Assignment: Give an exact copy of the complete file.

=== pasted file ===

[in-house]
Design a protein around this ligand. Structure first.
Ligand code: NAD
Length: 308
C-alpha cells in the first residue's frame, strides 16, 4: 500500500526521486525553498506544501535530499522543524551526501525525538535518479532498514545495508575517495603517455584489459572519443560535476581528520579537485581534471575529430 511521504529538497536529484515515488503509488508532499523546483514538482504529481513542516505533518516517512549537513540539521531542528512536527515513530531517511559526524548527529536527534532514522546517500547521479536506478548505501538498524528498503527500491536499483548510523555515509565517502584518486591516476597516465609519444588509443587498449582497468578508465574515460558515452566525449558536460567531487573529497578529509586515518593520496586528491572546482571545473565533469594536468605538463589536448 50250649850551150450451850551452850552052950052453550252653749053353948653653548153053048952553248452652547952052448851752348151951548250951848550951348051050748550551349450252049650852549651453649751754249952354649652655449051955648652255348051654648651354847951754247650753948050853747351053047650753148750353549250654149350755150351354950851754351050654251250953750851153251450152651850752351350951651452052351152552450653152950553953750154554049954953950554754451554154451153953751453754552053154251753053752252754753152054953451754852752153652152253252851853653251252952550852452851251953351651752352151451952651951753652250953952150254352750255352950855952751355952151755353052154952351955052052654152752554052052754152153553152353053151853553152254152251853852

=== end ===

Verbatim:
[in-house]
Design a protein around this ligand. Structure first.
Ligand code: NAD
Length: 308
C-alpha cells in the first residue's frame, strides 16, 4: 500500500526521486525553498506544501535530499522543524551526501525525538535518479532498514545495508575517495603517455584489459572519443560535476581528520579537485581534471575529430 511521504529538497536529484515515488503509488508532499523546483514538482504529481513542516505533518516517512549537513540539521531542528512536527515513530531517511559526524548527529536527534532514522546517500547521479536506478548505501538498524528498503527500491536499483548510523555515509565517502584518486591516476597516465609519444588509443587498449582497468578508465574515460558515452566525449558536460567531487573529497578529509586515518593520496586528491572546482571545473565533469594536468605538463589536448 50250649850551150450451850551452850552052950052453550252653749053353948653653548153053048952553248452652547952052448851752348151951548250951848550951348051050748550551349450252049650852549651453649751754249952354649652655449051955648652255348051654648651354847951754247650753948050853747351053047650753148750353549250654149350755150351354950851754351050654251250953750851153251450152651850752351350951651452052351152552450653152950553953750154554049954953950554754451554154451153953751453754552053154251753053752252754753152054953451754852752153652152253252851853653251252952550852452851251953351651752352151451952651951753652250953952150254352750255352950855952751355952151755353052154952351955052052654152752554052052754152153553152353053151853553152254152251853852